Discussions of Nicholas Nickleby (1839)
- Autobiographical elements in the novel: Dickens's mother was the original for the querulous Mrs. Nickleby
- Self-Presentation and Self-Realisation in Dickens's Nicholas Nickleby.
- Roots of the novel in Pantomime
- ir Walter Scott's Edward Waverley and Charles Dickens's Nicholas Nickleby: Passive Heroes?
- Setting in the novel
- Smike and death
- Smike unafraid to die
- Dickens’s Consumptive Urbanity: Consumption (Tuberculosis) through the Prism of Sensibility
- William Morris alluded to it in a letter to Swinburne
- Yates adaptation for the theater
- Boucicault's 1859 Smike; or, Nicholas Nickelby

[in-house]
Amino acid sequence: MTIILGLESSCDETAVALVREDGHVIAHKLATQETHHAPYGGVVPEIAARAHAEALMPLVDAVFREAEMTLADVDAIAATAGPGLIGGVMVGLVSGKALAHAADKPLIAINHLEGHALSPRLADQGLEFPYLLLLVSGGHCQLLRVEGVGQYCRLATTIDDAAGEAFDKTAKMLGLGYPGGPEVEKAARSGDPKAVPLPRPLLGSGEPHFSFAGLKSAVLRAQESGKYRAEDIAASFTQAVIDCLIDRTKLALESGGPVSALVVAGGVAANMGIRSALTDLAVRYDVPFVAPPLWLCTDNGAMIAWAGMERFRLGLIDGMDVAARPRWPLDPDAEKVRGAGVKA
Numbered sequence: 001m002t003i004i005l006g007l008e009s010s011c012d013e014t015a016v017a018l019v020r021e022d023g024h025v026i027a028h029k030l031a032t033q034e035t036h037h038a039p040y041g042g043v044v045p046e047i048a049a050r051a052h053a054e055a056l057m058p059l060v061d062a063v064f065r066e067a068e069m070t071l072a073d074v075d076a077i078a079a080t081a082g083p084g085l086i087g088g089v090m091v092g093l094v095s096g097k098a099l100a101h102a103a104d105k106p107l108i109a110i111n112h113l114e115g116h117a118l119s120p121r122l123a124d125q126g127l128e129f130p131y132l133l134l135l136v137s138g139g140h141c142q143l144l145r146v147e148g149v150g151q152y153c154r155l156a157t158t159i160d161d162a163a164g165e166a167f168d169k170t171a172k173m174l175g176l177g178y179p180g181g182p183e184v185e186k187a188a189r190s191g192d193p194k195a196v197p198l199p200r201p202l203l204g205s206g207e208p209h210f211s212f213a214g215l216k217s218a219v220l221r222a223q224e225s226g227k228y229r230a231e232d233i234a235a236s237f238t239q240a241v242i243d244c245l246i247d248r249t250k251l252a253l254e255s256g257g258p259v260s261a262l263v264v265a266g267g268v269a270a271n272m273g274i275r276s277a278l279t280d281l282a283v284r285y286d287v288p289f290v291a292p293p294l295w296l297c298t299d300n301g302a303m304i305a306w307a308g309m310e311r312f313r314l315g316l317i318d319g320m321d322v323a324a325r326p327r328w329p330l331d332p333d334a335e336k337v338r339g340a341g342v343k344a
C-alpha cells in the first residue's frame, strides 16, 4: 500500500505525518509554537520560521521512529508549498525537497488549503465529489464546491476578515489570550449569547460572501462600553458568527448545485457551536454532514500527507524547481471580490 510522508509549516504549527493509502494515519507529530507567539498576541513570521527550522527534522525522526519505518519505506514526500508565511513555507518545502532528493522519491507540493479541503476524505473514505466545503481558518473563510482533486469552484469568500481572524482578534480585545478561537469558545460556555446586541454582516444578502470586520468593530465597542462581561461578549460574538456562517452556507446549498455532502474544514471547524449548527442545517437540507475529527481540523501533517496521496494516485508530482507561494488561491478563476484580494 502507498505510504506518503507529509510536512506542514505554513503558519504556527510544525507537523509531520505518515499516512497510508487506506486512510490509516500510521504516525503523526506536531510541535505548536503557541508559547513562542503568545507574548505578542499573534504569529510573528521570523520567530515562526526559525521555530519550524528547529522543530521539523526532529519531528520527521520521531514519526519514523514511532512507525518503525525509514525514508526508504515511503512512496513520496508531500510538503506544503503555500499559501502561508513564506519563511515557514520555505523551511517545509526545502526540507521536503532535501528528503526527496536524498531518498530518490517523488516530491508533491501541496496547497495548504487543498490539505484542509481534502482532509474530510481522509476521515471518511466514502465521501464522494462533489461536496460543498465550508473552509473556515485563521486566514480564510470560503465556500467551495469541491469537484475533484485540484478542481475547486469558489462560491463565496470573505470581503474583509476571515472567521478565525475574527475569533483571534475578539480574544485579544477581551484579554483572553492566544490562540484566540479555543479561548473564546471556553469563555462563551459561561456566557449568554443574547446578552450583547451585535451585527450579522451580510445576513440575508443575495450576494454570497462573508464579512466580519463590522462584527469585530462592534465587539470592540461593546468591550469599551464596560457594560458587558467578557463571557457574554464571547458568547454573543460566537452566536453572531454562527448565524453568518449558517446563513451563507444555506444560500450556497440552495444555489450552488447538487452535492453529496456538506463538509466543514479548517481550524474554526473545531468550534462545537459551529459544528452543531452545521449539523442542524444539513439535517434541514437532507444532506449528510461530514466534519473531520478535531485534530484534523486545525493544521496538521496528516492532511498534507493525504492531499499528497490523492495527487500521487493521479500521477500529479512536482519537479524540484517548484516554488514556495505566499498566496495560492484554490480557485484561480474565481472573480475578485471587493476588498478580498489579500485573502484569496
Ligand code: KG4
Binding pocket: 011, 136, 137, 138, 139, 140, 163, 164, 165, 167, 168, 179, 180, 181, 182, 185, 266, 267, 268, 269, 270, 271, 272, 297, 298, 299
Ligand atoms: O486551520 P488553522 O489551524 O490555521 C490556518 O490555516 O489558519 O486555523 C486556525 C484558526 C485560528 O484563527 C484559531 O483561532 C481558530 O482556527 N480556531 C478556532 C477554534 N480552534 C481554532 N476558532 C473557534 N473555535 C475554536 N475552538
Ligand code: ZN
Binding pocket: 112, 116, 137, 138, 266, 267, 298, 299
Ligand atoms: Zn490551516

- Phiz (Hablot K. Brown)
- Cover for Monthly Parts
- The Country Manager Rehearses a Combat
- The Children at Their Cousin's Grave
- Mr. Ralph Nickleby's First Visit to His Poor Relations
- Nicholas Astonishes Mr. Squeers and Family
- A Sudden Recognition, Unexpected on Both Sides
- The Last Brawl between Sir Mulbery and His Pupil
- Unidentified illustrator for the Co-operative Publication Society's edition of Dicken's works [1912?]
The novel involved close collaboration between the young author and his illustrator, Hablot Knight Browne ("Phiz"), who together visited some notorious Yorkshire schools in January 1838, in particular Bowes Academy in Greta Bridge run by headmaster William Shaw, who in 1823 had been prosecuted for criminal negligence when two of his charges went blind. Wackford Squeers was modelled on Shaw, and Dotheboys Hall on his "Academy."
Last modified 9 October 2013